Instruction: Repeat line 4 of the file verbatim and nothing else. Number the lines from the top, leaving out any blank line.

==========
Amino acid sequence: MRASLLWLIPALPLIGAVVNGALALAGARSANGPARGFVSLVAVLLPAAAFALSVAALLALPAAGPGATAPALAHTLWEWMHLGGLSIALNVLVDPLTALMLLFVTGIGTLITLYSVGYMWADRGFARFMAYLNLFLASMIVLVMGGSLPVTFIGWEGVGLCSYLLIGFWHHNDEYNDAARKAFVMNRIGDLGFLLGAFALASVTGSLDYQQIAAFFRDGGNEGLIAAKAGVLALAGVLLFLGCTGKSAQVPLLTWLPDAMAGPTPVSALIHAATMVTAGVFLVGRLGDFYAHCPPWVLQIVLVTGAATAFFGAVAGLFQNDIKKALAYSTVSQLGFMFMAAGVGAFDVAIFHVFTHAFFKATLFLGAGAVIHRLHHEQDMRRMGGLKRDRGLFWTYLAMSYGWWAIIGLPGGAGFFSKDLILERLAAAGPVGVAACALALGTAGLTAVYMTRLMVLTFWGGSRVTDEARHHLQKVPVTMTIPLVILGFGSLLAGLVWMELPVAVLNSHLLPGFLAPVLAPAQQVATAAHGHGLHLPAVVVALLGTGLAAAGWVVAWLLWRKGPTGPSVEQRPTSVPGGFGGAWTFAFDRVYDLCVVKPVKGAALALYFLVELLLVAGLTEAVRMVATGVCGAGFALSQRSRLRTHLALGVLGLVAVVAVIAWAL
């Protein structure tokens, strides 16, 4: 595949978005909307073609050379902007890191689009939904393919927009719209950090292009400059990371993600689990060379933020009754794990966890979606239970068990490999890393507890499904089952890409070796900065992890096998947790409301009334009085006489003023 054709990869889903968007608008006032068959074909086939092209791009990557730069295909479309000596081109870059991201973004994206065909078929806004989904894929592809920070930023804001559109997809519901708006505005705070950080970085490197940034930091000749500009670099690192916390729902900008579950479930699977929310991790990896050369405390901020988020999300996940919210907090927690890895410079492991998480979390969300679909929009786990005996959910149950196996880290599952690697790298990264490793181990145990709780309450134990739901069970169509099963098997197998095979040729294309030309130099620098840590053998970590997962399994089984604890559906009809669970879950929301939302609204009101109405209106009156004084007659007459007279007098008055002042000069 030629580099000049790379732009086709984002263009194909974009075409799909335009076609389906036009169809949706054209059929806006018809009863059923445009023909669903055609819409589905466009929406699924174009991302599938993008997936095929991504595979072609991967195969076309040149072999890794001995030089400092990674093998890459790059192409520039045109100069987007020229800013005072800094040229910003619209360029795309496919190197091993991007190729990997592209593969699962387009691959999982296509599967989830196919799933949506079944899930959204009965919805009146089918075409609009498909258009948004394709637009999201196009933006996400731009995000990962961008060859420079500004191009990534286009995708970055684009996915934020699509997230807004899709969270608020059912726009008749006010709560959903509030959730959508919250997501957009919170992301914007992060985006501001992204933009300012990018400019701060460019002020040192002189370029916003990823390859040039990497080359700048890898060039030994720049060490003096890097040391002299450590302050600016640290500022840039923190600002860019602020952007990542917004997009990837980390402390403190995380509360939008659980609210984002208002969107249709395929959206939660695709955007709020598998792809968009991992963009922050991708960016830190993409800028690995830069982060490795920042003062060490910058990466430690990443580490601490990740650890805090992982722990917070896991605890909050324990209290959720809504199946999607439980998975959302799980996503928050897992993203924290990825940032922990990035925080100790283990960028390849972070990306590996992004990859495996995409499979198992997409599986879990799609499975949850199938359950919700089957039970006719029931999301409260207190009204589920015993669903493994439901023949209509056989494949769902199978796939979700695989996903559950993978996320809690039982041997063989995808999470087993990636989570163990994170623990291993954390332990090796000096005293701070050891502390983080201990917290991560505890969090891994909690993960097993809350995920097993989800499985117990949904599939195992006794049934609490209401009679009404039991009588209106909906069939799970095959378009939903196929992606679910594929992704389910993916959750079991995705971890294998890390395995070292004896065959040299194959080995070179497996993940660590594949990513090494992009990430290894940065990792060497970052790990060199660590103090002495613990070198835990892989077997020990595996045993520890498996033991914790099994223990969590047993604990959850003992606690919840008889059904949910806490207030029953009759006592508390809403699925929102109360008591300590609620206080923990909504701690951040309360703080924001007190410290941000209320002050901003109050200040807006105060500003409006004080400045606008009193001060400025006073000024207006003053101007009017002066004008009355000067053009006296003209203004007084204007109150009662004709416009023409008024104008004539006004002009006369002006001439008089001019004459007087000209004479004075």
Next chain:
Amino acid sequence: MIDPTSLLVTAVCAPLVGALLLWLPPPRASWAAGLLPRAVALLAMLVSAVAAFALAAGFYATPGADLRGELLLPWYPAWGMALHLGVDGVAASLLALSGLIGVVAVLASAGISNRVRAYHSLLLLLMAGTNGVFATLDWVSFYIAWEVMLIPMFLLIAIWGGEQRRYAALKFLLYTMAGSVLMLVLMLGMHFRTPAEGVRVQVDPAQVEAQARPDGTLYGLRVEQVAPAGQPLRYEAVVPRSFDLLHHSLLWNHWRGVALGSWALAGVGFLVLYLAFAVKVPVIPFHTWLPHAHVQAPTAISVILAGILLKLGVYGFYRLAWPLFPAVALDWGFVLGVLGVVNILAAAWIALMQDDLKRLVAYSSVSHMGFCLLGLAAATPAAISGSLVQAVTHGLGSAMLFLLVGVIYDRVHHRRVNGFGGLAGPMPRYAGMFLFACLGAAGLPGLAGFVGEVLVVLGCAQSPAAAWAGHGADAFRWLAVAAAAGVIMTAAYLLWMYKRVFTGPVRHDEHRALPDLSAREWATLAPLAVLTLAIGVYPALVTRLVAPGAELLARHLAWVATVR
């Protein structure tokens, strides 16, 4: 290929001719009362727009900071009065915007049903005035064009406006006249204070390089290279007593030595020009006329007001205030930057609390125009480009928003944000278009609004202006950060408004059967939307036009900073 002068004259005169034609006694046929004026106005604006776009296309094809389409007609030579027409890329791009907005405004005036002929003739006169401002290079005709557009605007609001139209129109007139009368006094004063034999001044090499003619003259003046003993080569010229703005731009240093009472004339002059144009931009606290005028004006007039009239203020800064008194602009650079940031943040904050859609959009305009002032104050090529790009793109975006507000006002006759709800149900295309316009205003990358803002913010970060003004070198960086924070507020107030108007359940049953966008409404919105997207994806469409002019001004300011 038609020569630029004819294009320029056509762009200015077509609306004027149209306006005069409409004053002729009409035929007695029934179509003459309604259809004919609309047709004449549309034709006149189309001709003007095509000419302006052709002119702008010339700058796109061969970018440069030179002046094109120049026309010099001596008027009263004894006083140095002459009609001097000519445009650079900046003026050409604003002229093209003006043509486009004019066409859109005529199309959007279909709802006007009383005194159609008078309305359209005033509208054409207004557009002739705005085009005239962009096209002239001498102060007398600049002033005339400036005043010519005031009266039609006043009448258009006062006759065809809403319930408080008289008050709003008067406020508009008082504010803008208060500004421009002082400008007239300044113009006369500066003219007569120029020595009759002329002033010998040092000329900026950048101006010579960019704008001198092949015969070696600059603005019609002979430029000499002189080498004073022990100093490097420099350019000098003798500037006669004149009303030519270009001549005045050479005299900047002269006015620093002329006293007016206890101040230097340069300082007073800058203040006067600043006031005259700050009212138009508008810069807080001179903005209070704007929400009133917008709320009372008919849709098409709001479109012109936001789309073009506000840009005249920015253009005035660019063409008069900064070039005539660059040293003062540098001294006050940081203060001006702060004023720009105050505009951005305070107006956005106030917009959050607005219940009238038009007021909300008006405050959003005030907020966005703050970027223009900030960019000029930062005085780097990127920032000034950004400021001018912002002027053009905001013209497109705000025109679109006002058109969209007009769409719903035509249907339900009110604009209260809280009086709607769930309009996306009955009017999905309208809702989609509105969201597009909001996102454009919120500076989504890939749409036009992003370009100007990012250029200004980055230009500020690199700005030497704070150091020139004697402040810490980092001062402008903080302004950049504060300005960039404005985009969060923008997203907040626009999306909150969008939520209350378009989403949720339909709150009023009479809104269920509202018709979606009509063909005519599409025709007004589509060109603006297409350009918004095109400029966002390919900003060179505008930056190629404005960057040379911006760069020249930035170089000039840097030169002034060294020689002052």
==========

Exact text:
Amino acid sequence: MIDPTSLLVTAVCAPLVGALLLWLPPPRASWAAGLLPRAVALLAMLVSAVAAFALAAGFYATPGADLRGELLLPWYPAWGMALHLGVDGVAASLLALSGLIGVVAVLASAGISNRVRAYHSLLLLLMAGTNGVFATLDWVSFYIAWEVMLIPMFLLIAIWGGEQRRYAALKFLLYTMAGSVLMLVLMLGMHFRTPAEGVRVQVDPAQVEAQARPDGTLYGLRVEQVAPAGQPLRYEAVVPRSFDLLHHSLLWNHWRGVALGSWALAGVGFLVLYLAFAVKVPVIPFHTWLPHAHVQAPTAISVILAGILLKLGVYGFYRLAWPLFPAVALDWGFVLGVLGVVNILAAAWIALMQDDLKRLVAYSSVSHMGFCLLGLAAATPAAISGSLVQAVTHGLGSAMLFLLVGVIYDRVHHRRVNGFGGLAGPMPRYAGMFLFACLGAAGLPGLAGFVGEVLVVLGCAQSPAAAWAGHGADAFRWLAVAAAAGVIMTAAYLLWMYKRVFTGPVRHDEHRALPDLSAREWATLAPLAVLTLAIGVYPALVTRLVAPGAELLARHLAWVATVR